Is Login Data the New Gold?

In case you haven’t heard, third-party cookies are dying. That means publishers’ first-party data is becoming more valuable than ever. But not all publisher data is created equal. The digital media world is elevating the already lofty status of login data, setting up a scenario where the gap between the digital haves and the have nots widens.

Log-in data is crucial because it is generally the most accurate of all data and the deepest. Services like Facebook Twitter, Google and, yes, Yahoo are kings of the hill in this regard. They have direct relationships with tens of millions of customers, affording them everything from email addresses and phone numbers, to detailed behavioral and survey-based information.

The data is rich, accurate and persistent, and that’s a promise third-party data providers have never really delivered on. What’s more, there’s a growing opportunity for those companies to use their login data to help inform ad buys elsewhere across the Web.

“A competitive advantage will emerge for those with logged-in user bases,” said Andrew Shebbeare, founder of Digital agency Essence. As a result, companies such as Google and Facebook are heading for “domination of the data market.”

Login data is powerful for a number of reasons. It’s more permanent than a cookie, because users rarely change their login credentials. It’s rich, because their accounts and attached profiles tend to persist over a long period of time. And, perhaps most important, users carry their login information with them across devices. Marketers are increasingly calling for the ability to target and track users regardless of the device they happen to be using. Login data offers them the ability to do just that.

Companies that have login data at scale know they’re on to a good thing. Pandora’s advertising product manager, Jack Krawczyk, told Digiday that he views it as one of the company’s biggest opportunities. The music streaming service now attracts over 72 million users a month, he said, all of whom are logged in permanently. As a result, the company is able to build up an extremely detailed understanding of users’ tastes and habits.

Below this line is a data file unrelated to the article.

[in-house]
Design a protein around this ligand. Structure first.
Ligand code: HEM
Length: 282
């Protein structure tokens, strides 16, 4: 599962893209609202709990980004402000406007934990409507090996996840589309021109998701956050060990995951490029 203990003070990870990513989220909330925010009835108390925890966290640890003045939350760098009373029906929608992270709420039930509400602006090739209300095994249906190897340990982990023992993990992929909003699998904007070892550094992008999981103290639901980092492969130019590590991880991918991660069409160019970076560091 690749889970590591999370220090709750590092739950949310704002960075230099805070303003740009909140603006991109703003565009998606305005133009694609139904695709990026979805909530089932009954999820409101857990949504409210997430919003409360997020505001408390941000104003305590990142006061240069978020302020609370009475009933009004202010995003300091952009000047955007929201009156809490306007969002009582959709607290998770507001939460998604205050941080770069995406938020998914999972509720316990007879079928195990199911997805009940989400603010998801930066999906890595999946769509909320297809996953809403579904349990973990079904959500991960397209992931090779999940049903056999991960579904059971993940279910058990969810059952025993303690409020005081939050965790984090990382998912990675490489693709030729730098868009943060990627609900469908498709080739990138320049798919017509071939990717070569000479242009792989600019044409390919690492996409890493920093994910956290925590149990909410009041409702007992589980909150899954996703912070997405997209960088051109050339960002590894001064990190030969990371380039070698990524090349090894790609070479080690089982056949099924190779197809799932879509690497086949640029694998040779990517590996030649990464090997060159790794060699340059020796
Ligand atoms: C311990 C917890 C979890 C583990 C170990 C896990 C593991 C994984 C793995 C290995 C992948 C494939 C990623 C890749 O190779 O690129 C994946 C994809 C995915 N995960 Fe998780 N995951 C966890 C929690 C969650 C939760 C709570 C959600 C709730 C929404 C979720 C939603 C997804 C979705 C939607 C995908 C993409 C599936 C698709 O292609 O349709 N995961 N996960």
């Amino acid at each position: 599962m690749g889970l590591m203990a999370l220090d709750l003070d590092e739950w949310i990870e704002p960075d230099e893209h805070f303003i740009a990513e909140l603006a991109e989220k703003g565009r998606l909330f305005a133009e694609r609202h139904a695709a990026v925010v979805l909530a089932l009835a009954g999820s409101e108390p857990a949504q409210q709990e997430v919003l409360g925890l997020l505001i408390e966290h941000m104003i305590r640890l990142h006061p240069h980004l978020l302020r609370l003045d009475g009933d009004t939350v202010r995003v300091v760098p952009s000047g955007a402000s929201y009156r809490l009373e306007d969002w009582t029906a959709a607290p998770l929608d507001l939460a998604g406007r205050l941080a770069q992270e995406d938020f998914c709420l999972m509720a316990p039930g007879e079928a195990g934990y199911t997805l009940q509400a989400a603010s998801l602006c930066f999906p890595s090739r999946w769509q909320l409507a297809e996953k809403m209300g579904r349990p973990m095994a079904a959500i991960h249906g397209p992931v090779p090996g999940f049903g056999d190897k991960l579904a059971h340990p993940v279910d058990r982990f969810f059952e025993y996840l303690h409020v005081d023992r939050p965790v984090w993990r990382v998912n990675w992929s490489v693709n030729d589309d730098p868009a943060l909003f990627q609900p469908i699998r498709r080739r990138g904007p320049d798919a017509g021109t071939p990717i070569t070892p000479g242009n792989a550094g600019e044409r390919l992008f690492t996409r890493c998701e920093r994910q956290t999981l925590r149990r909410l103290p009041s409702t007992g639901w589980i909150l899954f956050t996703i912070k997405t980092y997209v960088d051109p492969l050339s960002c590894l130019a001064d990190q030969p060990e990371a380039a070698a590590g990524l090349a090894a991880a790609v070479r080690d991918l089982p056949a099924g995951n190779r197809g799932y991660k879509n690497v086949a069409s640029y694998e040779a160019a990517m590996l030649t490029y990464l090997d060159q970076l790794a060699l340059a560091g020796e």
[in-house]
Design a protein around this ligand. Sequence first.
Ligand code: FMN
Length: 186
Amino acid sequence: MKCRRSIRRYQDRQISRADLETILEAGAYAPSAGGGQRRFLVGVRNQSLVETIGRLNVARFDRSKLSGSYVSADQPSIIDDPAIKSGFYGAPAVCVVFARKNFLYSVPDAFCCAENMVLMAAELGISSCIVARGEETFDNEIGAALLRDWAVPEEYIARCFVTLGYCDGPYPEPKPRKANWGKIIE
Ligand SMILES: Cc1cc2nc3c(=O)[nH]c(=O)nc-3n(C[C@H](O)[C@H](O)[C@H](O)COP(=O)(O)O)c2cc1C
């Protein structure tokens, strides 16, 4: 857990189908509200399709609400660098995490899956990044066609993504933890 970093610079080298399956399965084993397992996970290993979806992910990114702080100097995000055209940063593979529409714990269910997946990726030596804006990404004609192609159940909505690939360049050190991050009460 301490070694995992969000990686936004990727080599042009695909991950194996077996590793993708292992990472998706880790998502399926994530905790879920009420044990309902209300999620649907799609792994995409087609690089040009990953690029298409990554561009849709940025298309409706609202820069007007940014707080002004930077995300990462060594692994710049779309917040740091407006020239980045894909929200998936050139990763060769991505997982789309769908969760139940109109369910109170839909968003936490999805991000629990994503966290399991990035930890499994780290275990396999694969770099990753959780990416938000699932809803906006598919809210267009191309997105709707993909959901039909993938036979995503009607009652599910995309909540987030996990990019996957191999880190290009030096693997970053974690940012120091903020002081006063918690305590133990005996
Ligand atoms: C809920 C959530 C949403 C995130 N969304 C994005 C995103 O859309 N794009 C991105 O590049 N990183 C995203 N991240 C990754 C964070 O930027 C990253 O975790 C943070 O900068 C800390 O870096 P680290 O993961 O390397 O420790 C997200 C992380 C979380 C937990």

Yahoo is pushing its login data as a unique selling point, too. It offers the ability for advertisers to reach and understand users regardless of the device they’re using, its sales pitch goes.

But when it comes to login data, the biggest opportunity exists for social platforms like Facebook and Twitter, ad buyers think. The combination of user-submitted profile information and behavioral data harvested from buttons and widgets across the Web could prove to be extremely powerful. It’s only a matter of time before they start using that data to target ads on third-party sites, agencies predict.

“It’s interesting what Facebook is up to,” said Marcus Pratt, director of insights at media buying shop Mediasmith. “There’s been talk of a Facebook ad network for years, but I think they’re getting close to letting people take their data and making it more actionable across the wider Web.”

It appears there’s a polarization occurring in the online data world, therefore. Once upon a time it was third parties and data brokers that had the upper hand, thanks to their ability to follow users all over the Web. But as the third-party cookie crumbles, the balance is tipping back toward those entities that own a direct relationship with users. The closest that relationship gets is the login.

UPDATE: A previous version of this story stated Pandora’s service attracts 75 million users a month. It actually attracts 72.2 million.

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